Streets ahead! Food stalls set for Inverness city centre after Highland Council gives go-ahead for new venture which is set to become the city's latest visitor attraction
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A range of new street food stalls are set to become the latest visitor attraction in the “cultural quarter” of Inverness after Highland Council granted permission for the proposal.
Organisers are waiting for the infrastructure, including stalls and dedicated litter bins, to be delivered and installed – but are hoping the new city centre venture can be up and running “as soon as possible”.
Douglas Hardie, who runs Bad Girl Bakery in Muir of Ord with his partner Jeni, had submitted the planning application for the project, and said it would be the first of its kind in the city after it was approved by council officers last week.
“We are doing something that hasn’t been done before,” he said. “There is no street food available in the centre of Inverness.”
Permission for the street food zone will see the erection of gazebo-type stalls or mobile trailers along the banks of the River Ness near Inverness Cathedral, to link with a wider Highland food trail, which Mr Hardie said has already attracted interest from up to 50 established and new businesses and restaurants.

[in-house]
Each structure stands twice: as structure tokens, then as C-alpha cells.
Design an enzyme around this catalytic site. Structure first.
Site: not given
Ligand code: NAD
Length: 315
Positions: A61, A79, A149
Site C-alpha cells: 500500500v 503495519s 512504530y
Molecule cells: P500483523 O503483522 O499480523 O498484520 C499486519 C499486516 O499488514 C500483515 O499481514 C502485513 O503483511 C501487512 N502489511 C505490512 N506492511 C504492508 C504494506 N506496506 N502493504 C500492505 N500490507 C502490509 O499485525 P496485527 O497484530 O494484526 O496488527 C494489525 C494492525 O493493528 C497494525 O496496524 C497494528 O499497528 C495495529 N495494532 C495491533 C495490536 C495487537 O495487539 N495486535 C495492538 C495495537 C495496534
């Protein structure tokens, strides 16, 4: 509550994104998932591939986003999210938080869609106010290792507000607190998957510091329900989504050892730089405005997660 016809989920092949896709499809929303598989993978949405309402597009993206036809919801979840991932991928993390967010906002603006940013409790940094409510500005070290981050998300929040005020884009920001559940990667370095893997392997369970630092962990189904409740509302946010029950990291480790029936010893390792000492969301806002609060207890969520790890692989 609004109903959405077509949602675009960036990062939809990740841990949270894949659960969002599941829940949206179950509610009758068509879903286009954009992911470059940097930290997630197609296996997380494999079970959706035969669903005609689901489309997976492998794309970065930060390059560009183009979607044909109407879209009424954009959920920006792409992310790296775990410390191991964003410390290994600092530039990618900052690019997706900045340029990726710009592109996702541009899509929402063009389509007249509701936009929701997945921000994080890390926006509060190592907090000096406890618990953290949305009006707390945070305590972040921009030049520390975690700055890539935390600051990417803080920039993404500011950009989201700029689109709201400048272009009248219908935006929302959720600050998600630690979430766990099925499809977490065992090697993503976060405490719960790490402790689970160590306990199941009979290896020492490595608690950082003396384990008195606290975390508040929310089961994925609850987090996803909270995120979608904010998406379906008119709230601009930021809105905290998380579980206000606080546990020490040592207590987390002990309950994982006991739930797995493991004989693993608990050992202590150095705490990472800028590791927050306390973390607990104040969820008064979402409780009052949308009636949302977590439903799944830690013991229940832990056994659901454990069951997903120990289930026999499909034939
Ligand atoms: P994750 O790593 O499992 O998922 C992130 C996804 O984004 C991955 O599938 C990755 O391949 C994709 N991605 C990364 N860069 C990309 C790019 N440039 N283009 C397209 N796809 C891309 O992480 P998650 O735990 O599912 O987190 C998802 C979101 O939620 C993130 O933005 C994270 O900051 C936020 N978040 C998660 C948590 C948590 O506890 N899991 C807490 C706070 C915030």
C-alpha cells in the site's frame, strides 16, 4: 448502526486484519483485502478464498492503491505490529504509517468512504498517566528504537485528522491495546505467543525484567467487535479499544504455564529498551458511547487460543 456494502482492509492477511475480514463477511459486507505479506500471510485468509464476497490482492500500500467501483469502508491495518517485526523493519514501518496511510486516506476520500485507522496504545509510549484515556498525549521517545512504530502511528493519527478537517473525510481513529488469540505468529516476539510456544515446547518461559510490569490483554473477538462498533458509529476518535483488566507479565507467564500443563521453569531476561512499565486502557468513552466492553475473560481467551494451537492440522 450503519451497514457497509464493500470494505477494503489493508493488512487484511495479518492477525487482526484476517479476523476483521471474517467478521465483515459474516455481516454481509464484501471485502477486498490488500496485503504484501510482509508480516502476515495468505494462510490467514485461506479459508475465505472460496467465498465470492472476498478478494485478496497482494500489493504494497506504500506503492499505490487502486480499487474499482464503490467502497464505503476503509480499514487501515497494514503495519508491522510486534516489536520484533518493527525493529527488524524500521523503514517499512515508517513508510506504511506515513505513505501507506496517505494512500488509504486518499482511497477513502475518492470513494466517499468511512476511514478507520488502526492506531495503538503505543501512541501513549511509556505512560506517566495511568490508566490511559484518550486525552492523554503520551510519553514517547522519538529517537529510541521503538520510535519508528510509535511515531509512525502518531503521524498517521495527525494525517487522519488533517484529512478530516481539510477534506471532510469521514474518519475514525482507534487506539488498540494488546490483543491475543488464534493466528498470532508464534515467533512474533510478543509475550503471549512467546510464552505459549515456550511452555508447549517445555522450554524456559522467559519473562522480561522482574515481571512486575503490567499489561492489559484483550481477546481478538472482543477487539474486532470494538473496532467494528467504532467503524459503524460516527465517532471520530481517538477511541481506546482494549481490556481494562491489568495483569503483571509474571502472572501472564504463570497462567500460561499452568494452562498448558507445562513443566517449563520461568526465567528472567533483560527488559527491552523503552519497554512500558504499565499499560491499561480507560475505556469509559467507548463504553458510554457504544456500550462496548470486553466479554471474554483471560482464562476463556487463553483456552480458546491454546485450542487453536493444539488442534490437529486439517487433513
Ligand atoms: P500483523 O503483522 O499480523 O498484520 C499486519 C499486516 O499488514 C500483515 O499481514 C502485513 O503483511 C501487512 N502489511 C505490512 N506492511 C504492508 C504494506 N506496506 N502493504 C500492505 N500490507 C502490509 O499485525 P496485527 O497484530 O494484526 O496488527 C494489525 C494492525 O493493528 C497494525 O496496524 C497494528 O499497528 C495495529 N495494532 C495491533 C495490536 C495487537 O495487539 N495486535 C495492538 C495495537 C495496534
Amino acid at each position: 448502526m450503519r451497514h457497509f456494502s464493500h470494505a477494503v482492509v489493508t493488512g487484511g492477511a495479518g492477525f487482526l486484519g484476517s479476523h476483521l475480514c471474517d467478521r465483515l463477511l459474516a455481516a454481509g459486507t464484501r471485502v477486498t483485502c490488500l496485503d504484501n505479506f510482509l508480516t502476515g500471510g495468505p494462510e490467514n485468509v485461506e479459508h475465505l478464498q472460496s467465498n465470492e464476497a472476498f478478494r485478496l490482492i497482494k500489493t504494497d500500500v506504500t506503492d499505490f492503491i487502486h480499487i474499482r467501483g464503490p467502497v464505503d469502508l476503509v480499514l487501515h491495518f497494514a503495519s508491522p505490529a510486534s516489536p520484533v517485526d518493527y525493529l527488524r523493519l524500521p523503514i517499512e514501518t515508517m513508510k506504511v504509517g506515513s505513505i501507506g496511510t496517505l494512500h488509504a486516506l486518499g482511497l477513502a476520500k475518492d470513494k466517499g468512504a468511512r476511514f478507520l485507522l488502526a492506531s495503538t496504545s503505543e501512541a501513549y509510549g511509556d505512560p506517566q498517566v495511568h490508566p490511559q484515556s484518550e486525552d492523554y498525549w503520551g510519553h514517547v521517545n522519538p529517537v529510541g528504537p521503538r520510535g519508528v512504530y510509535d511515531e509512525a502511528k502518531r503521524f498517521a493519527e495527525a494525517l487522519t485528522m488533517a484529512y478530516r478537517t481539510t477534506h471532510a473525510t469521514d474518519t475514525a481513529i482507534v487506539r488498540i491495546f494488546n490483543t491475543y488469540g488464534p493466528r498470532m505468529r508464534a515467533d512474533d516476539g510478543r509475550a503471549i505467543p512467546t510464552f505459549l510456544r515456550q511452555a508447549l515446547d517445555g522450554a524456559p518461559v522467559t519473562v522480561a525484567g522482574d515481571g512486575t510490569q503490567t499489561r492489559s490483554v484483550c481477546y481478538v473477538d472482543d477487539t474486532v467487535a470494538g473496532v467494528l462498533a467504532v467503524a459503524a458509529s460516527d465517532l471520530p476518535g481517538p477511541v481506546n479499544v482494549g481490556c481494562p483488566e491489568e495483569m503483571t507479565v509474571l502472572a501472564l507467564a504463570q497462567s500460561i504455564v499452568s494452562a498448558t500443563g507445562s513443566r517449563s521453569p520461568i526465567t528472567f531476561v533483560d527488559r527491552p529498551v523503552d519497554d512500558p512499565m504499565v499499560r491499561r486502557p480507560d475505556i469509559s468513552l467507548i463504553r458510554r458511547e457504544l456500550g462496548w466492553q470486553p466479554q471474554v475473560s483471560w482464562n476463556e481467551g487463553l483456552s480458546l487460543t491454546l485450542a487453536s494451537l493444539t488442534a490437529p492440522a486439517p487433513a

Believing the move could help with the city’s recovery from Brexit and Covid-19 he added: “We know that food and drink is a driver for urban regeneration and getting people into city centres, so it is very much about ways of bringing people in.
“If we can have street food, we can have restaurants that specialise in a short supply chain with local produce and we are ticking a lot of boxes all at once.
“I would like to see it happen as soon as possible and be going all year round, just trying to change the culture of the city centre to get people coming in here for food and drink.”
He said that, because produce and ingredients would be locally sourced by operators, the initiative should not be as badly affected by the supply chain issues currently hitting the wider hospitality industry.
“It’s definitely a problem and a nightmare for the hospitality industry,” he said.
“The thing that we are hanging all of this on, though, is the idea of local produce – whether it is someone doing Mexican food or Italian food those ingredients, wherever possible, are being supplied locally.”
Inverness Cathedral said it would welcome a possible increase in footfall and visitors in the surrounding area, though it did raise concerns relating to noise and litter when the plans were originally submitted.
Mr Hardie said he had taken those observations on board.
“The whole attraction of this is we want families and people to be drawn into this area.
“The prettiest part of Inverness will have the best food possible, and it is in absolutely no one’s interest whatsoever that there should be an eyesore there.”
Once it is up and running, the street food zone is expected to be in use seven days a week over the summer months and during associated events, while winter usage is likely to be for two or three days a week centred on weekends.
Mr Hardie previously said the broader Highland Food and Drink Trail – a collaborative venture involving various organisations and funders – would take in an area between the Infirmary and Greig Street bridges and other city centre streets.